With a new president in the White House and a celebrated reformist shaking up Tehran, the time seems ripe for a diplomatic breakthrough 30 years in the waiting. But when it comes to dealing with the Islamic Republic, be forewarned: Washington's usual go-slow approach is doomed to fail.
- By Hillary Mann LeverettHillary Mann Leverett, who served as director for Afghanistan, Iran, and Persian Gulf affairs at the U.S. National Security Council, is the chief executive officer of STRATEGA, a political risk consultancy.
The United States Should Wait to Engage Iran Until Ahmadinejad Is Gone
Wrong. President Mahmoud Ahmadinejad is not the problem, and hi rival Mohammad Khatami is not (necessarily) the solution. For many years, U.S. administrations have thought that, if they just waited long enough, Iranian politics would produce a leader that Washington would like dealing with. When I served as director for Iran and Afghanistan affairs at the National Security Council from 2001 to 2003, national security advisor Condoleezza Rice dismissed then President Khatami as a potential diplomatic partner for the United States. Indeed, the erstwhile Sovietologist compared Khatami to Mikhail Gorbachev, arguing that by engaging Khatami, the United States would risk missing the opportunity to find the Islamic Republic’s Boris Yeltsin.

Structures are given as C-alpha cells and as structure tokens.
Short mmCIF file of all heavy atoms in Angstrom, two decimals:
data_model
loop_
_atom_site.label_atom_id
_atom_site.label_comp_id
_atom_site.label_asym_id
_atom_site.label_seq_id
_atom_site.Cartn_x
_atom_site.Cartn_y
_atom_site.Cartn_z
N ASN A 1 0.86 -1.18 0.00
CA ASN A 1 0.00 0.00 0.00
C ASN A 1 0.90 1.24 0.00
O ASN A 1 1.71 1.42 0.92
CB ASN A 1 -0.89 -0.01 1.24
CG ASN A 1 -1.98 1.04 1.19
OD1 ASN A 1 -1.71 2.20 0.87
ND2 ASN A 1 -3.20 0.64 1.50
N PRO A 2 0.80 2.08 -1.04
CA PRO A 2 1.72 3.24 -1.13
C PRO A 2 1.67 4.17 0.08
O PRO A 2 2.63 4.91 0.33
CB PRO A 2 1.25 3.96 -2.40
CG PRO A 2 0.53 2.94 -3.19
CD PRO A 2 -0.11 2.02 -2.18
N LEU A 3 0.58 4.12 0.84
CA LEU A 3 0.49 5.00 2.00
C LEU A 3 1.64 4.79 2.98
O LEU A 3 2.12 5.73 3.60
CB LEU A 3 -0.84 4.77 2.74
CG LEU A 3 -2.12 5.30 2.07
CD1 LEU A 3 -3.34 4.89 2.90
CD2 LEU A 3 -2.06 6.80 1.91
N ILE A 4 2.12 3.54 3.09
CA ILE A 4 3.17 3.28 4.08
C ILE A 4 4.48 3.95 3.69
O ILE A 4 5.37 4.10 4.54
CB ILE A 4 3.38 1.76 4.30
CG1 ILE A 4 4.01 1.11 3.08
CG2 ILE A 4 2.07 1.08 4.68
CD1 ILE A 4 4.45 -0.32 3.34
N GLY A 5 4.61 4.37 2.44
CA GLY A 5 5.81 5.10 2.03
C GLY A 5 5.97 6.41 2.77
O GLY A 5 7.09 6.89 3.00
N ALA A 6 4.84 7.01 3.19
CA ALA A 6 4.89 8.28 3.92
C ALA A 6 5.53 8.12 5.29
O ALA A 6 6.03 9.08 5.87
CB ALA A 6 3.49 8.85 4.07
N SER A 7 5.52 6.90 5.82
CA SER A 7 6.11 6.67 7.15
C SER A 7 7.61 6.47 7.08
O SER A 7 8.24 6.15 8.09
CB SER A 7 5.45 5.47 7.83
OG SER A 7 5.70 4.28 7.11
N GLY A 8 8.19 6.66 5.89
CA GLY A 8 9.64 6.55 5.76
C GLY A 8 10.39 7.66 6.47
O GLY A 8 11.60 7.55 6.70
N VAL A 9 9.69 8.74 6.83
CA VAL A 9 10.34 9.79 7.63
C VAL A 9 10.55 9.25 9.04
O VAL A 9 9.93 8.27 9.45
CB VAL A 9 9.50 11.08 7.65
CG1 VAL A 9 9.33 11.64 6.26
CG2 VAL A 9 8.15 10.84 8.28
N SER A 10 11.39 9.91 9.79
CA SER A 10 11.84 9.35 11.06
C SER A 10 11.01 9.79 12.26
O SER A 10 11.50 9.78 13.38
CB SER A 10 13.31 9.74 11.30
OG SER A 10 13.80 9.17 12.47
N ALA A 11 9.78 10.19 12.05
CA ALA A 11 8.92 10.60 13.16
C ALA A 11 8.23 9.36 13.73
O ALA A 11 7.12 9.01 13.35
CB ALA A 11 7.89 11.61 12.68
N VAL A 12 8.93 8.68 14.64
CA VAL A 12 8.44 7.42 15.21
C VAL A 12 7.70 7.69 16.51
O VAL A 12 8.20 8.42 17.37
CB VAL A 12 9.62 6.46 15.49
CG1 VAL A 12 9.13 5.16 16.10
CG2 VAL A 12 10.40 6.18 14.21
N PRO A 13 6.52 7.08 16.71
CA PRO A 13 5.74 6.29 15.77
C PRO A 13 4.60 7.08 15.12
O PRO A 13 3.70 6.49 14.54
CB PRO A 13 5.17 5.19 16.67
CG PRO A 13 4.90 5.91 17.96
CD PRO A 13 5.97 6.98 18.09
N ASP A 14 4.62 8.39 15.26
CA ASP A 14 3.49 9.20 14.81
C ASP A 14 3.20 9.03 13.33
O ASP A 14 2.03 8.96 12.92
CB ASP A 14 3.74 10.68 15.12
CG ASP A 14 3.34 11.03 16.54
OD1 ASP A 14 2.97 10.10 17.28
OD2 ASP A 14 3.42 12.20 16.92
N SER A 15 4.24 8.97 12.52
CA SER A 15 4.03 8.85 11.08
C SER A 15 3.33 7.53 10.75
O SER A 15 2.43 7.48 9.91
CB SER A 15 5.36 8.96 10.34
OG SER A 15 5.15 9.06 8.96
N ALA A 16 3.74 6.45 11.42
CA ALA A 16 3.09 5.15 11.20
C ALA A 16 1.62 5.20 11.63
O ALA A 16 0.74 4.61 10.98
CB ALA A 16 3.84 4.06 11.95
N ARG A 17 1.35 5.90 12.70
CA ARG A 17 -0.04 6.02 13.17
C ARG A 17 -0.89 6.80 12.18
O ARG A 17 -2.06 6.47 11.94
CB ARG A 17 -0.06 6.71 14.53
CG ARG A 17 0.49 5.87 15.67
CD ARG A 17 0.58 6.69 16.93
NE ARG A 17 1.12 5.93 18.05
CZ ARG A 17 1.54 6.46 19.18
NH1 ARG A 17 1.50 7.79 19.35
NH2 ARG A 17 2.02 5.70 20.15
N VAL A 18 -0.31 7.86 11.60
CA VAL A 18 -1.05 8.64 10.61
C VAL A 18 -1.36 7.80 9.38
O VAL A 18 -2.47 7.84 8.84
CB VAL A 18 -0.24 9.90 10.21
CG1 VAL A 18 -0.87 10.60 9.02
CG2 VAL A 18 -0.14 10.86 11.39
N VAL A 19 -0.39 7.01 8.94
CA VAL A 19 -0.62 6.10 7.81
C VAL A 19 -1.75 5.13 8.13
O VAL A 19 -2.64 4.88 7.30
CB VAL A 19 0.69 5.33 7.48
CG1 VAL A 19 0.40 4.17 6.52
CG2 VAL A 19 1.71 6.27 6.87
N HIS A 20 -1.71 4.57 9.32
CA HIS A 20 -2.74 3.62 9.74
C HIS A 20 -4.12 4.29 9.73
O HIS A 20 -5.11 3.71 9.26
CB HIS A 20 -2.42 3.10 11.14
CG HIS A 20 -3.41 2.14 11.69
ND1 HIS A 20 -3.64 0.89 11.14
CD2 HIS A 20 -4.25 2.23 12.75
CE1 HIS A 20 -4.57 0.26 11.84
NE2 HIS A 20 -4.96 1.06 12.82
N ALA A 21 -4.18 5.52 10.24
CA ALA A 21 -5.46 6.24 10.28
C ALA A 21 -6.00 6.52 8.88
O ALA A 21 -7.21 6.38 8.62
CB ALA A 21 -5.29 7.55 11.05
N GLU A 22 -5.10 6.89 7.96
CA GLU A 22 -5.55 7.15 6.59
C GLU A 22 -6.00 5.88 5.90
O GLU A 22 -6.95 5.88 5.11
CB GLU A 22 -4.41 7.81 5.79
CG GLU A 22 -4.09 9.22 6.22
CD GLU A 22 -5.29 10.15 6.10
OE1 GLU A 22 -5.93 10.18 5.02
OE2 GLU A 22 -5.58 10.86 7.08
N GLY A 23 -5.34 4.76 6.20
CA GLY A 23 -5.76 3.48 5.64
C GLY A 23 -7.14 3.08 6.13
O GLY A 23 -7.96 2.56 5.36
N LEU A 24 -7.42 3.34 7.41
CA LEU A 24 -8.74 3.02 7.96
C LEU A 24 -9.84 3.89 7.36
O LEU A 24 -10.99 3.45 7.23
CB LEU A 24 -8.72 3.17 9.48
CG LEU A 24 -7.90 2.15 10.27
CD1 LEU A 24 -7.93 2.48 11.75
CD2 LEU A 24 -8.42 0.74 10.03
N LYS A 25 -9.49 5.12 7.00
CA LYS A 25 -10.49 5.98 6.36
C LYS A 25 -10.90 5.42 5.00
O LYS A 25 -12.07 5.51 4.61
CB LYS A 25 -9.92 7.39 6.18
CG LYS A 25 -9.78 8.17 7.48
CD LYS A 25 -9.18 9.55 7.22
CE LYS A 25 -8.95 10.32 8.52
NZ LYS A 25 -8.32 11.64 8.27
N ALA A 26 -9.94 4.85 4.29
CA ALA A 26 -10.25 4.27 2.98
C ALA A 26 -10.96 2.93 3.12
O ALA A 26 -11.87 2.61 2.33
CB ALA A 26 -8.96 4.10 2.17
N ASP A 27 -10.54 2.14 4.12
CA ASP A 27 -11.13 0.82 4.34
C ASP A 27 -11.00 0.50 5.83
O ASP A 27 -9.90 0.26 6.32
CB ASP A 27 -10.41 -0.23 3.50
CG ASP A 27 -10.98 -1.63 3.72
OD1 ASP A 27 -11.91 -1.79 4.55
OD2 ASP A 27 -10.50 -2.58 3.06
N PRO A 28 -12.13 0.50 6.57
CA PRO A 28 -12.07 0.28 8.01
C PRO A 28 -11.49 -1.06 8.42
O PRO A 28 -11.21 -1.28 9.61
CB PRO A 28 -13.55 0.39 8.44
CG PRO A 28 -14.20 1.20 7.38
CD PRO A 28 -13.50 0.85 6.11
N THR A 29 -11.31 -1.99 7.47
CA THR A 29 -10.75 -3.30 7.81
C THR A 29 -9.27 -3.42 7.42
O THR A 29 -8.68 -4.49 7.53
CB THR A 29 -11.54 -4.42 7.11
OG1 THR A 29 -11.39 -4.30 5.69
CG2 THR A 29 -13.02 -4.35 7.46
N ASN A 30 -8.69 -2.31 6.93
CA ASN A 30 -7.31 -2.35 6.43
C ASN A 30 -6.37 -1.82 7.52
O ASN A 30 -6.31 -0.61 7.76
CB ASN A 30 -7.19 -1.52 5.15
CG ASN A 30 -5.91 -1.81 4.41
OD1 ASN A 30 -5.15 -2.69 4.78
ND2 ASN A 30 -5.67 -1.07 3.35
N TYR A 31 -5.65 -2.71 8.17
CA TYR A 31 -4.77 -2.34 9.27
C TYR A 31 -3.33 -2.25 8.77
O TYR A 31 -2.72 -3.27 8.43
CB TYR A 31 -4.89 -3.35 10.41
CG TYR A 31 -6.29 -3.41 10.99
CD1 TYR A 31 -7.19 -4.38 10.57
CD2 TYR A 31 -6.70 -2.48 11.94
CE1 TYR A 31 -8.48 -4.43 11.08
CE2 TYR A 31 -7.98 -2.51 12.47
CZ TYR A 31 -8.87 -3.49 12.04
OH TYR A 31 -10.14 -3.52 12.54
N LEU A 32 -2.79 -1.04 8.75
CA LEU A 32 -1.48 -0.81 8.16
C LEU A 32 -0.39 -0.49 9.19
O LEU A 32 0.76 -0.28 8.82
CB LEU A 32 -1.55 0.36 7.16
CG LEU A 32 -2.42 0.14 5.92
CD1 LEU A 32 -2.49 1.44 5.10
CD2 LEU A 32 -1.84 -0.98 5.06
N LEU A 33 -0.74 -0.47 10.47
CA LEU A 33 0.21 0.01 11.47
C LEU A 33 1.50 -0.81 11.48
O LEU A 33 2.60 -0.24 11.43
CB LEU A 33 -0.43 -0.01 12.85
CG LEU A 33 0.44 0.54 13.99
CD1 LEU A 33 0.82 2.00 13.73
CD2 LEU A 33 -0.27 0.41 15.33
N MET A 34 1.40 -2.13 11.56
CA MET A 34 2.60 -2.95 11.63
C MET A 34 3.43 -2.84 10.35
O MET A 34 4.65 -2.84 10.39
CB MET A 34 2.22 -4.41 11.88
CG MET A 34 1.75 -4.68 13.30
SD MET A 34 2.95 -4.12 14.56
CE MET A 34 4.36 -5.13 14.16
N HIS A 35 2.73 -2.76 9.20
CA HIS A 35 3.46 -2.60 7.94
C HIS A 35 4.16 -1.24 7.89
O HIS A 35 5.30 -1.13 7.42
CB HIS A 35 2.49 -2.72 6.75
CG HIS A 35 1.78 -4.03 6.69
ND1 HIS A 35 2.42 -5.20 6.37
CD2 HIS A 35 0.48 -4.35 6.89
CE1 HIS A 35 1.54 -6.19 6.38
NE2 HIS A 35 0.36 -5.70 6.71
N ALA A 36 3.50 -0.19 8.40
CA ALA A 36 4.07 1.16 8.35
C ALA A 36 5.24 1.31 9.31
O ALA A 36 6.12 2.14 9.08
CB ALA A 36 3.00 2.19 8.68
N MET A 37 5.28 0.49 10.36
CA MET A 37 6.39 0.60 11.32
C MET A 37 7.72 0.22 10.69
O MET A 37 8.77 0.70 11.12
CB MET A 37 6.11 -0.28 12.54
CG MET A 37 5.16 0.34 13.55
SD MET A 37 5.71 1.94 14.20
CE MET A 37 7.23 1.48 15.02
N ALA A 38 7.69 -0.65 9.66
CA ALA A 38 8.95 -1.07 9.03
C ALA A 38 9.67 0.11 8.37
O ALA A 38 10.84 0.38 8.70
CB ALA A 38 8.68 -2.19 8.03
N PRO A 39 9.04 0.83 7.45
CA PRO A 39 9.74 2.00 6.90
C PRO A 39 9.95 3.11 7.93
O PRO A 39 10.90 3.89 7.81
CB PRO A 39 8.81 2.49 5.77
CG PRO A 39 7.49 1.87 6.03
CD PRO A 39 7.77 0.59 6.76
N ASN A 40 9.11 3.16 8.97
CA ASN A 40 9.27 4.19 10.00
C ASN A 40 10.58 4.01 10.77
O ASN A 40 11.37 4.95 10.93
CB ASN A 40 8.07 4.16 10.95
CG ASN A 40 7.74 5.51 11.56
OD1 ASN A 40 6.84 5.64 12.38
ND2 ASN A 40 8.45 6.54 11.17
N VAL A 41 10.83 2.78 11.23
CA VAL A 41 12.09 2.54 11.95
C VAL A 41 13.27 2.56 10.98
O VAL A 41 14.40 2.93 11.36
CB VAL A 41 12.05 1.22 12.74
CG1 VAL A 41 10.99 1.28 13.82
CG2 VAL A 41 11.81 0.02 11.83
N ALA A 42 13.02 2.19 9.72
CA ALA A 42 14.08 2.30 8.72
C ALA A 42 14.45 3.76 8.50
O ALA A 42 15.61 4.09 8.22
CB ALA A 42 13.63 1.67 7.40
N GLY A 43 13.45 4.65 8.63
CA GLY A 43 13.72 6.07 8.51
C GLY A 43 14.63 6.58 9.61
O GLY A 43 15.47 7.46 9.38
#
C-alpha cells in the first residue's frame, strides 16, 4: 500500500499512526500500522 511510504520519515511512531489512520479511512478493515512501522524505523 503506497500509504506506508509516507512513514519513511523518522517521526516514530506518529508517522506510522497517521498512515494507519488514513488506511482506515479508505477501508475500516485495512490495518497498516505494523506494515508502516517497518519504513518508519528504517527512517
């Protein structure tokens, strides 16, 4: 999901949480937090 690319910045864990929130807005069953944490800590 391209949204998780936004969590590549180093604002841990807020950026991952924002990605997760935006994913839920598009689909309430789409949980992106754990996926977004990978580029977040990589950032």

Now, of course, after nearly four years of Ahmadinejad, the United States can hardly wait for Khatami to come back. Moreover, during Ahmadinejad’s presidency, many in Washington have come to view Iran’s Supreme Leader Ayatollah Ali Khamenei as a moderating influence — this, of course, being the same ayatollah who, during Khatami’s presidency, was widely criticized in the West as an authoritarian cleric thwarting the clear preference of the Iranian public for liberal reform.